Be Careful, Entrepreneurs: Crowdfunding Securities Offerings Aren’t Yet Legal

Amid all the excitement over the JOBS Act’s creation of an exemption for crowdfunding, few have noticed that crowdfunding securities offerings are not yet lawful under the Securities Laws. While the JOBS Act did create a new exemption from registration for crowdfunding under Section 4(6) of the Securities Act, the SEC has been given a 270-day mandate to create and implement rules governing crowdfunding by sale of securities. This mandate runs until Dec. 31, 2012, so crowdfunded securities offerings will not be lawful until late 2012 or even 2013, depending on when the SEC adopts the necessary rules.

Nonetheless, there appears to be a widespread belief that crowdfunded securities offerings are already legal under the JOBS Act. On April 23, the SEC issued a sternly worded reminder that until the implementing rules are adopted, “any offers or sales of securities purporting to rely on the crowdfunding exemption would be unlawful under the federal securities laws.”

The SEC has 270 days from the April 5 passage of the JOBS Act — until Dec. 31 — to adopt rules implementing the Section 4(6) exemption to permit crowdfunded securities offerings. For a detailed primer on the JOBS Act’s creation of the crowdfunding exemption, and its likely effects on entrepreneurs and the securities markets, see my earlier post. It notes that the SEC openly opposed crowdfunding prior to the JOBS Act, including pointed criticism by SEC Chairwoman Mary Schapiro that crowdfunding would weaken investor protection and be “a step backwards.” In light of this regulatory opposition, entrepreneurs should expect burdensome compliance and disclosure requirements from the SEC in the name of “investor protection.”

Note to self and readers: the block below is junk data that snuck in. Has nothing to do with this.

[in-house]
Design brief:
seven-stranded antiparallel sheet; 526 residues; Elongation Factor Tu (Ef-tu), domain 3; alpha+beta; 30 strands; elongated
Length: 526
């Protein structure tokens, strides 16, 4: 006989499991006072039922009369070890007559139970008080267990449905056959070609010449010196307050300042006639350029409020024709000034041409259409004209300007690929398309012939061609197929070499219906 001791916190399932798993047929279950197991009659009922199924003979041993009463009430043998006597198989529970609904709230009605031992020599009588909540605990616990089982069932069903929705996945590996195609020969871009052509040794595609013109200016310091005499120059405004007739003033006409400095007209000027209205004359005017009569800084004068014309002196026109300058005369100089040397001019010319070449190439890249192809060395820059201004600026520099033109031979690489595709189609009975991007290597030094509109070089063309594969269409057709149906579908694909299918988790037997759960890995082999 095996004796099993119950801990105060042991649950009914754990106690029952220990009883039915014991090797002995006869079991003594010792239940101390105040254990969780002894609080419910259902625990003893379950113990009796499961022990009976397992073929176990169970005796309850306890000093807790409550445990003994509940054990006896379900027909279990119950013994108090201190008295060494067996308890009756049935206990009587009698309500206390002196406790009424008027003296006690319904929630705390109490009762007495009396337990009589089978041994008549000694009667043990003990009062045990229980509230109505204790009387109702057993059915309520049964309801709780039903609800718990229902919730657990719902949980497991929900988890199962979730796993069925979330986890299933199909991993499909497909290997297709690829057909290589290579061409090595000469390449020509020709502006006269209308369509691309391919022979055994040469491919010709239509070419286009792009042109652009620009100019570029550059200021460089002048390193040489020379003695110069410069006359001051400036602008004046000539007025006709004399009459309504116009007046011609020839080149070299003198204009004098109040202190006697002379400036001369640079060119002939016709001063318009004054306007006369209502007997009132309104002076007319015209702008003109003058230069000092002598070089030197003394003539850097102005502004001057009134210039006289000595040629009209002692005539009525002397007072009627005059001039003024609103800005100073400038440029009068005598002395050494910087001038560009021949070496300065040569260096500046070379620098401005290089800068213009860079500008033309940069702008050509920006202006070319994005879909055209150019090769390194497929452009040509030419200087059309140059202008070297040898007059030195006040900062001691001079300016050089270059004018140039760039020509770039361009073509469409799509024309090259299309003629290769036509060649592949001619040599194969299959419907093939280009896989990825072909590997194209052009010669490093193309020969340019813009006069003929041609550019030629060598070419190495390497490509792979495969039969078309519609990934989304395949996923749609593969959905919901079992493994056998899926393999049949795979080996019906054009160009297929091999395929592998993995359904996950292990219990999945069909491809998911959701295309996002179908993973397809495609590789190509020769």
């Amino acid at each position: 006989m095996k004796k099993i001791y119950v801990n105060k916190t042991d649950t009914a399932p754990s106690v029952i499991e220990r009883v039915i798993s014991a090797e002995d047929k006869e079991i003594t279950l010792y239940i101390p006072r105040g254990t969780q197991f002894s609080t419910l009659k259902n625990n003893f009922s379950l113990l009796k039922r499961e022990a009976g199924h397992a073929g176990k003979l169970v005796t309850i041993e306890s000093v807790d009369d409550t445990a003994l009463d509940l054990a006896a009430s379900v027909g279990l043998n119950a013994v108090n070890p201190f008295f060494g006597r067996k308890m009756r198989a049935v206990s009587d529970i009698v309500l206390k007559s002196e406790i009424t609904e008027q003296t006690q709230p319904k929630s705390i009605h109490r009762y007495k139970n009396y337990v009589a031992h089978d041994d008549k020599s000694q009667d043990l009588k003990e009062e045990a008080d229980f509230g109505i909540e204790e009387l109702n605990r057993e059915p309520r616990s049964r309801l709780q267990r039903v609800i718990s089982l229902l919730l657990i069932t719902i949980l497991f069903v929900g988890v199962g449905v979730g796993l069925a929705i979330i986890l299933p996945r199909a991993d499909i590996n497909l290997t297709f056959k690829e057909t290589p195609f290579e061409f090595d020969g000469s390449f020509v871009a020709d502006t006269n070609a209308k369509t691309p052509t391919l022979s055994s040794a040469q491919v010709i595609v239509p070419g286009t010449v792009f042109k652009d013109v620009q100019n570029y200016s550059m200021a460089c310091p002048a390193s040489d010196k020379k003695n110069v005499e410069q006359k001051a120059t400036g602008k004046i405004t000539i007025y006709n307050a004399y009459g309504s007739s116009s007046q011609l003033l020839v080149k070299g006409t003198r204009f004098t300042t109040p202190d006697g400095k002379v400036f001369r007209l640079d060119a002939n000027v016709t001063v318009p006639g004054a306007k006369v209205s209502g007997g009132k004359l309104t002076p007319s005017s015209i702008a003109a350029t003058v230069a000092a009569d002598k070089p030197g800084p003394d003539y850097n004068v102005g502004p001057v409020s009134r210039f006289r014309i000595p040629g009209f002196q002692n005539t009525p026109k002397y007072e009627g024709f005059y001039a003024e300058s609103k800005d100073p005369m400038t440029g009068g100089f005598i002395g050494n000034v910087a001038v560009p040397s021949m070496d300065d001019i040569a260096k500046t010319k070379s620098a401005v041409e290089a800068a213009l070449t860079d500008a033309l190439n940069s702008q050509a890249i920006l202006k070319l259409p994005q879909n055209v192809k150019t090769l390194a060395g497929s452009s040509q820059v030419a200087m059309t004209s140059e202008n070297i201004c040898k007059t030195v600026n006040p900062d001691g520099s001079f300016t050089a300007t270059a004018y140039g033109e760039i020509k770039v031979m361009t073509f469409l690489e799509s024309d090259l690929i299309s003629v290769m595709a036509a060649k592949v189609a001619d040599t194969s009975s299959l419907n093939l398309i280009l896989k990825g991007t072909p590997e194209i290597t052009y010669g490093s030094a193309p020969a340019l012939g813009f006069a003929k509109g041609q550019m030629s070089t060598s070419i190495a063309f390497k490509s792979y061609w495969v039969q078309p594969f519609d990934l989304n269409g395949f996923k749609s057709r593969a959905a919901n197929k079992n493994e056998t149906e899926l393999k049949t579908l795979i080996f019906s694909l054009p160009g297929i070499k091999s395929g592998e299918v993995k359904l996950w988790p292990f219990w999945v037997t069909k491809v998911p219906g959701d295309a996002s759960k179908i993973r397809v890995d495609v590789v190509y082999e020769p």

Until the SEC rule-making is complete, the crowdfunding exemption under Section 4(6) is not available for offers and sales of securities. Nonetheless, equity crowdfunding offers are already easy to find. A simple search of the Twitter hashtag “#Crowdfunding” produces several equity fundraising offers. One example is this offer of 40% equity in Scotland’s Kingsbarns Distillery, posted to Twitter around April 23:

Douglas Clement@KingsbarnWhisky

Can you help me turn my whisky dream of creating a craft distillery at the home of golf into reality? #crowdfunding

As a fan of both golf and single malt scotch, I believe Mr. Clement’s ambition of building a craft distillery in Fife, Scotland, the spiritual home of golf, is truly God’s work. But as a corporate lawyer, I believe the SEC would view this tweet as an offer to sell securities which presumably have not been registered under the Securities Act. Unless Mr. Clement can find an available exemption from registration under Regulation D, the SEC would take a dim view of this offering and any sales consummated from it in the U.S. Even if an exemption were available, this tweet would constitute a general solicitation, which is prohibited under the U.S. securities laws for unregistered offerings and would disqualify Kingsbarns from using the exemption.

As discussed in this article, JOBS Act reforms will permit general solicitation for private placements as long as all sales are to accredited investors. However, the general solicitation reforms are themselves subject to a 90-day SEC rule-making period that runs through early July. In the meantime, general solicitation is still prohibited.

Mr. Clement’s attempt to raise crowdfunding for Kingsbarns Distillery shows how easy it is for ambitious and enthusiastic entrepreneurs to inadvertently run afoul of U.S. securities laws. I doubt that Kingsbarns intended to engage in a general solicitation, or was even aware of the restrictions on securities offers and sales under U.S. laws. But this is exactly why the SEC issued its warning.

The stakes are high: Promoters and entrepreneurs who sell securities in violation of securities laws may be liable for civil and criminal penalties, and buyers may rescind their purchases of unlawfully offered securities.  Would-be crowdfunders should wait for the SEC to adopt its rulemaking, and then follow it very closely.

About the author: Chris Manderson is a founding partner of Manderson, Schafer & McKinlay LLP, an independent corporate practice specializing in business and transactional law. 

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